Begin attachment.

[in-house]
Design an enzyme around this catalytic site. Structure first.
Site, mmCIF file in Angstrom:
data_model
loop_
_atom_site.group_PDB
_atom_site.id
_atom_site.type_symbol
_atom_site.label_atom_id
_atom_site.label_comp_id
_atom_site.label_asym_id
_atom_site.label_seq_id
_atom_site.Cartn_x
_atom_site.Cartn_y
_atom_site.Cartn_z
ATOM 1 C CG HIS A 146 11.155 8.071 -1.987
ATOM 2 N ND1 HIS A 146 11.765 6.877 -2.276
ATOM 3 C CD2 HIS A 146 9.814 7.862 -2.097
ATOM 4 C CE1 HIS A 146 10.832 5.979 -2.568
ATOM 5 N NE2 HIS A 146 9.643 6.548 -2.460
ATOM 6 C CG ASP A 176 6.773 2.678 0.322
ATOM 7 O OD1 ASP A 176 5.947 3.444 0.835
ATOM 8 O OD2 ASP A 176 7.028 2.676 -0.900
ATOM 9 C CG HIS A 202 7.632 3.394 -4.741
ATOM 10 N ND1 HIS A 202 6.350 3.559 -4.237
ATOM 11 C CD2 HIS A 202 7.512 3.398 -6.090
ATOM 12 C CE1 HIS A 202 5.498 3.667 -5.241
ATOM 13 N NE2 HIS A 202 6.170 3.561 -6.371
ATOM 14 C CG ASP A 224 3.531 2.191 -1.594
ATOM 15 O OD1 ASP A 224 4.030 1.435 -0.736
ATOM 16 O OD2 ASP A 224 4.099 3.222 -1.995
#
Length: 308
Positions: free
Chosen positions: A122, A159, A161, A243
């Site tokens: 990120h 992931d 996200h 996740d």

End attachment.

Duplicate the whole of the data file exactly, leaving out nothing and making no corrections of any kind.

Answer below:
[in-house]
Design an enzyme around this catalytic site. Structure first.
Site, mmCIF file in Angstrom:
data_model
loop_
_atom_site.group_PDB
_atom_site.id
_atom_site.type_symbol
_atom_site.label_atom_id
_atom_site.label_comp_id
_atom_site.label_asym_id
_atom_site.label_seq_id
_atom_site.Cartn_x
_atom_site.Cartn_y
_atom_site.Cartn_z
ATOM 1 C CG HIS A 146 11.155 8.071 -1.987
ATOM 2 N ND1 HIS A 146 11.765 6.877 -2.276
ATOM 3 C CD2 HIS A 146 9.814 7.862 -2.097
ATOM 4 C CE1 HIS A 146 10.832 5.979 -2.568
ATOM 5 N NE2 HIS A 146 9.643 6.548 -2.460
ATOM 6 C CG ASP A 176 6.773 2.678 0.322
ATOM 7 O OD1 ASP A 176 5.947 3.444 0.835
ATOM 8 O OD2 ASP A 176 7.028 2.676 -0.900
ATOM 9 C CG HIS A 202 7.632 3.394 -4.741
ATOM 10 N ND1 HIS A 202 6.350 3.559 -4.237
ATOM 11 C CD2 HIS A 202 7.512 3.398 -6.090
ATOM 12 C CE1 HIS A 202 5.498 3.667 -5.241
ATOM 13 N NE2 HIS A 202 6.170 3.561 -6.371
ATOM 14 C CG ASP A 224 3.531 2.191 -1.594
ATOM 15 O OD1 ASP A 224 4.030 1.435 -0.736
ATOM 16 O OD2 ASP A 224 4.099 3.222 -1.995
#
Length: 308
Positions: free
Chosen positions: A122, A159, A161, A243
């Site tokens: 990120h 992931d 996200h 996740d």